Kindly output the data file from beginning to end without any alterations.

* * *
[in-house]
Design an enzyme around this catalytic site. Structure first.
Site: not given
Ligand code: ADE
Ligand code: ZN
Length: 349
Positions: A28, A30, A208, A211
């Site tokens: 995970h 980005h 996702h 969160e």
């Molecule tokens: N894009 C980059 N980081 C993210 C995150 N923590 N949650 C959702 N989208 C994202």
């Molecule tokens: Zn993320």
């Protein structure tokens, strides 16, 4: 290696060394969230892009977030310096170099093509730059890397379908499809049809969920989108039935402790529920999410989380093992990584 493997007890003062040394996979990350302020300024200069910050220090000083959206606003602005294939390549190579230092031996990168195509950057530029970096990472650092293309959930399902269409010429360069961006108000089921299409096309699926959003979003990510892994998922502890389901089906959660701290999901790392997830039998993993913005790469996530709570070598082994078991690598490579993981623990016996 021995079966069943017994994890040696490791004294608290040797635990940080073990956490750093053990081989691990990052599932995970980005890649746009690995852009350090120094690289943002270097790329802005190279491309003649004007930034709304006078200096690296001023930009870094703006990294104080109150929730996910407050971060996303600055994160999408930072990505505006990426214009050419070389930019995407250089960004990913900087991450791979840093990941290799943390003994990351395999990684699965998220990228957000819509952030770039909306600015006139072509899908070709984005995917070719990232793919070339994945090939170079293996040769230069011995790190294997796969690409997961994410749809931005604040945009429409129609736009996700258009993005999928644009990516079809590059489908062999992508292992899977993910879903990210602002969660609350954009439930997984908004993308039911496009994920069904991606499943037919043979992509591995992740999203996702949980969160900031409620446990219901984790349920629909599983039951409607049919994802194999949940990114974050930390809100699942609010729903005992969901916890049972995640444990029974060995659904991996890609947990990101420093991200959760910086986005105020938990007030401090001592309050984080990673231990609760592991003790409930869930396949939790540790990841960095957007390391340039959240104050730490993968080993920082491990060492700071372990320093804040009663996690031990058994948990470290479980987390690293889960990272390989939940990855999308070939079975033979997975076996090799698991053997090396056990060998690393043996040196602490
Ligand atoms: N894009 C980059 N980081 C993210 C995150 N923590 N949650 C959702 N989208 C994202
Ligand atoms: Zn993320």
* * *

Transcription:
[in-house]
Design an enzyme around this catalytic site. Structure first.
Site: not given
Ligand code: ADE
Ligand code: ZN
Length: 349
Positions: A28, A30, A208, A211
């Site tokens: 995970h 980005h 996702h 969160e």
């Molecule tokens: N894009 C980059 N980081 C993210 C995150 N923590 N949650 C959702 N989208 C994202």
């Molecule tokens: Zn993320």
């Protein structure tokens, strides 16, 4: 290696060394969230892009977030310096170099093509730059890397379908499809049809969920989108039935402790529920999410989380093992990584 493997007890003062040394996979990350302020300024200069910050220090000083959206606003602005294939390549190579230092031996990168195509950057530029970096990472650092293309959930399902269409010429360069961006108000089921299409096309699926959003979003990510892994998922502890389901089906959660701290999901790392997830039998993993913005790469996530709570070598082994078991690598490579993981623990016996 021995079966069943017994994890040696490791004294608290040797635990940080073990956490750093053990081989691990990052599932995970980005890649746009690995852009350090120094690289943002270097790329802005190279491309003649004007930034709304006078200096690296001023930009870094703006990294104080109150929730996910407050971060996303600055994160999408930072990505505006990426214009050419070389930019995407250089960004990913900087991450791979840093990941290799943390003994990351395999990684699965998220990228957000819509952030770039909306600015006139072509899908070709984005995917070719990232793919070339994945090939170079293996040769230069011995790190294997796969690409997961994410749809931005604040945009429409129609736009996700258009993005999928644009990516079809590059489908062999992508292992899977993910879903990210602002969660609350954009439930997984908004993308039911496009994920069904991606499943037919043979992509591995992740999203996702949980969160900031409620446990219901984790349920629909599983039951409607049919994802194999949940990114974050930390809100699942609010729903005992969901916890049972995640444990029974060995659904991996890609947990990101420093991200959760910086986005105020938990007030401090001592309050984080990673231990609760592991003790409930869930396949939790540790990841960095957007390391340039959240104050730490993968080993920082491990060492700071372990320093804040009663996690031990058994948990470290479980987390690293889960990272390989939940990855999308070939079975033979997975076996090799698991053997090396056990060998690393043996040196602490
Ligand atoms: N894009 C980059 N980081 C993210 C995150 N923590 N949650 C959702 N989208 C994202
Ligand atoms: Zn993320």